Traffic movement through a significant portion of peninsular Halifax will be affected next year when Canadian National Railway Co. begins work to replace three dilapidated railway bridges in the city’s south end.
CN fought the city over who was responsible for maintaining seven railway bridges in the south end and therefore responsible for their replacement, but the matter has been settled after a protracted legal fight with the railway given responsibility for replacing the structure and the regional municipality obligated to pay for road and utility repairs.
Halifax Water is seeking an additional $1.4 million for the Quinpool Road CN Rail utility bridge.
Previous funding of $697,000 for the road bridge’s water and wastewater infrastructure replacement was approved by the Nova Scotia Utility and Review Board as part of the 2018-19 capital budget.
“At the time of budget preparations, it was assumed that the new water and wastewater piping would be installed in a similar methodology as existing conditions,” wrote Carl Yates, general manager of Halifax Water, in a funding request to the utility board on Thursday.
The current water and sewer infrastructure, installed in 1916, are in the concrete arch.
“Unfortunately, the thickness of the new concrete arch prevents the installation of new utility lines because the road base is too shallow to accommodate new mains,” said the general manager.
Hatch, an international engineering company with an office in Halifax, is CN’s bridge design consultant. It has recommended a separate utility bridge be constructed next to the existing road bridge to avoid the expense and risk of having to temporarily pump or convey wastewater around the construction site.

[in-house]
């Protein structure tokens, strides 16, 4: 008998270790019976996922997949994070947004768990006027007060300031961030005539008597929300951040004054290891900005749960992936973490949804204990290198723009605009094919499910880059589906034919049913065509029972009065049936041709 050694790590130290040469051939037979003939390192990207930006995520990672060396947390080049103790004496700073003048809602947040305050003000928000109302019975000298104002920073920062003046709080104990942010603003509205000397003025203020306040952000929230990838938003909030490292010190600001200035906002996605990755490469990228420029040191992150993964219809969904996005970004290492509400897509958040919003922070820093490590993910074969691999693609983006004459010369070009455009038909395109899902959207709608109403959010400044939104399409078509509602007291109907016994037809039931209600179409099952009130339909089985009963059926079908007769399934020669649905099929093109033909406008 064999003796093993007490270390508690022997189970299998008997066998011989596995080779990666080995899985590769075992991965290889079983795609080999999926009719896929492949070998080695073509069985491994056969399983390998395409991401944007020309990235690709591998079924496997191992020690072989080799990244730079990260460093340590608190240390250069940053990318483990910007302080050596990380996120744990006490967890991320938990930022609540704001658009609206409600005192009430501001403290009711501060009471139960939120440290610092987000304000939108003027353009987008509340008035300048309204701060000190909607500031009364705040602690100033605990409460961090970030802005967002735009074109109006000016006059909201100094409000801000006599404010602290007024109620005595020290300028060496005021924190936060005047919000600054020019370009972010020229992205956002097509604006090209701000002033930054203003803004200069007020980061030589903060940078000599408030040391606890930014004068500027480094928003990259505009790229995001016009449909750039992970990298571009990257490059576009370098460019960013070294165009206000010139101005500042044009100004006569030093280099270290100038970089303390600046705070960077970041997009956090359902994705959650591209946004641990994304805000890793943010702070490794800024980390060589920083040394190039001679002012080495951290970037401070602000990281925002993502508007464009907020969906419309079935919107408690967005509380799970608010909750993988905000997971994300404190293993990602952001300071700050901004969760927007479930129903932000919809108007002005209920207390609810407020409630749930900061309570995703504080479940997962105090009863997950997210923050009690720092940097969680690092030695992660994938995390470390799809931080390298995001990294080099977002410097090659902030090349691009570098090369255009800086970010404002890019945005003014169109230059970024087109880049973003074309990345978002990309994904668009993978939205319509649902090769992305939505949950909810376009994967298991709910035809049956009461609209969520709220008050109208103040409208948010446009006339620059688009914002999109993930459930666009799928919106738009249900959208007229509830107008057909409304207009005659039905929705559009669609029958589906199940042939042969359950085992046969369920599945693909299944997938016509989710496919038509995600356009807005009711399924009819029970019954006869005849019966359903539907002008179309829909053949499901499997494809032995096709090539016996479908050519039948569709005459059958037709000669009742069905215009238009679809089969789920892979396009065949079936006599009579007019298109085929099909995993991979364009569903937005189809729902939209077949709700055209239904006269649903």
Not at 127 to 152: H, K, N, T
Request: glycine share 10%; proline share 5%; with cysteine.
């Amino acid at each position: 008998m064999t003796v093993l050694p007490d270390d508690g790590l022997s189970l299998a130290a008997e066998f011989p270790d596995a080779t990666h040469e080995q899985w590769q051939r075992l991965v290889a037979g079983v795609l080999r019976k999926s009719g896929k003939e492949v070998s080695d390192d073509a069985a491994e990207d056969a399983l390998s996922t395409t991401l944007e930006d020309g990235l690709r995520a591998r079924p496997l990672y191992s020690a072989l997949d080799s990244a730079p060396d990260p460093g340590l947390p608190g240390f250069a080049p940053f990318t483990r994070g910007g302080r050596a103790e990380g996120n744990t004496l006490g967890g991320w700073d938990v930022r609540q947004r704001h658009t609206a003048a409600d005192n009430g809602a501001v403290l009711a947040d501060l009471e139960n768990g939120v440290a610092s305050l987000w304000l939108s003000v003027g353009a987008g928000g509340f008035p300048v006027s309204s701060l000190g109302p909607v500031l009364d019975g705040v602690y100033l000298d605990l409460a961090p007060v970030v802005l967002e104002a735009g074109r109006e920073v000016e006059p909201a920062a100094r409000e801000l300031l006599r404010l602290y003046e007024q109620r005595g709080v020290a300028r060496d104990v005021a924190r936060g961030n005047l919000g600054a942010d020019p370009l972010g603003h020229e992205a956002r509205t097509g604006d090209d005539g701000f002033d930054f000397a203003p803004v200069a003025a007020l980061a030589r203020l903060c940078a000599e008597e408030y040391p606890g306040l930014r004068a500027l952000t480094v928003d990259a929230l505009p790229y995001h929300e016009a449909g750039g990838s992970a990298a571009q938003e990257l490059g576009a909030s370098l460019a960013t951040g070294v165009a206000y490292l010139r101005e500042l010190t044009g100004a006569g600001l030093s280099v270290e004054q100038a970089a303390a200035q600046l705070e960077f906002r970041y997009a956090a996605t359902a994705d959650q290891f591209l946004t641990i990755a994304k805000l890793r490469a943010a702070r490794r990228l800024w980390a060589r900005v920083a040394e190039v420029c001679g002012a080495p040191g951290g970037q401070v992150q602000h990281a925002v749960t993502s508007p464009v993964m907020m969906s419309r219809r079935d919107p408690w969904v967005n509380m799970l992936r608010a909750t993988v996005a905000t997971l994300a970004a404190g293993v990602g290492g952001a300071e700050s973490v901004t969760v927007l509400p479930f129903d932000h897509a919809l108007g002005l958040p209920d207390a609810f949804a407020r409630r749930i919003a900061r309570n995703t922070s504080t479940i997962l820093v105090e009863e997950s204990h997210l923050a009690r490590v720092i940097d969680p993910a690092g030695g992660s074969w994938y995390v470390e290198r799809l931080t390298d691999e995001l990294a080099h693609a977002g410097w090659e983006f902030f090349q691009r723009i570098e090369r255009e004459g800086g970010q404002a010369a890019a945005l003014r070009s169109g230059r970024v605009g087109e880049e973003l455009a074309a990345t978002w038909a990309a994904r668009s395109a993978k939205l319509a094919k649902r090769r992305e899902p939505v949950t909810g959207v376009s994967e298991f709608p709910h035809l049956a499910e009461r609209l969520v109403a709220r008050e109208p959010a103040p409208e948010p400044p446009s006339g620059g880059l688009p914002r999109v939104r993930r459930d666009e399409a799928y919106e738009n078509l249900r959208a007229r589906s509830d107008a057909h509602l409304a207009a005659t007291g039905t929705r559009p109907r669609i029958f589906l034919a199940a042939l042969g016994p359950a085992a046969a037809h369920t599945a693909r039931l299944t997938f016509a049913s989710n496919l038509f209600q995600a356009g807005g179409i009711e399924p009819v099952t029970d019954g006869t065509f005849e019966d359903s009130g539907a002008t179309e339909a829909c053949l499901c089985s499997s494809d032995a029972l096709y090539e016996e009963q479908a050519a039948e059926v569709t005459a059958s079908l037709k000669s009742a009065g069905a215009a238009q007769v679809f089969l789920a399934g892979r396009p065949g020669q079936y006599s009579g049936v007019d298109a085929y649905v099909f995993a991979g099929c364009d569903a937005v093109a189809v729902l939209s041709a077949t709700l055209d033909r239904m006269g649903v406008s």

The consulting company’s revised cost estimate was $743,948, excluding HST, said Yates.
In order to make the scheduled start date of April 2019, the project was broken into two tenders, said Halifax Water’s general manager.
The tender for supply of the utility bridge was awarded to Algonquin Bridge for $195,438, excluding HST.
Construction of the utility bridge, which will span the rail-cut on the north side of the existing bridge, is to be carried out this winter, said Yates.
A second tender, for installation of the bridge and relocated services, closed on Nov. 15 with submissions from Atlantic Road Construction and Paving Ltd., Dexter Construction and Brycon Construction for $1.48 million, $1.484 million and $1.815 million, respectively. The tender will be awarded based on funding approval from the utility board.
Coun. Shawn Cleary, who represents the area that includes the Quinpool Road bridge, said replacing the bridges is a safety issue and is at the point “where it’s got to be done.”
“One of the first questions I had when I got elected was, ‘Why are those there, why do we need to protect pedestrians?’” recalled the district councillor about the jersey barriers around the bridge in a phone interview.
“I remember the look on our transportation directors’ faces, they said: ‘Councillor, they’re not there to protect pedestrians, they’re there to protect the bridge.’ Because if someone hits them, I mean those railings will just collapse and they’ll go down,” Cleary said.
“Thankfully, we don’t have to pay for the bridge itself,” said the councillor.
“The municipality’s capital budget has allocated $845,000 for the bridge rehabilitation on Quinpool Road,” states the HRM website.
The Quinpool Road bridge is one of three CN-owned bridges to be rehabilitated in 2019.
Belmont-on-the-Arm and Marlborough Wood arch bridges are also to undergo repairs next year, with funding from the municipality yet to be determined.
The three structures are predicted to cost the municipality $1.8 million, based on preliminary estimates provided by engineers, states the website.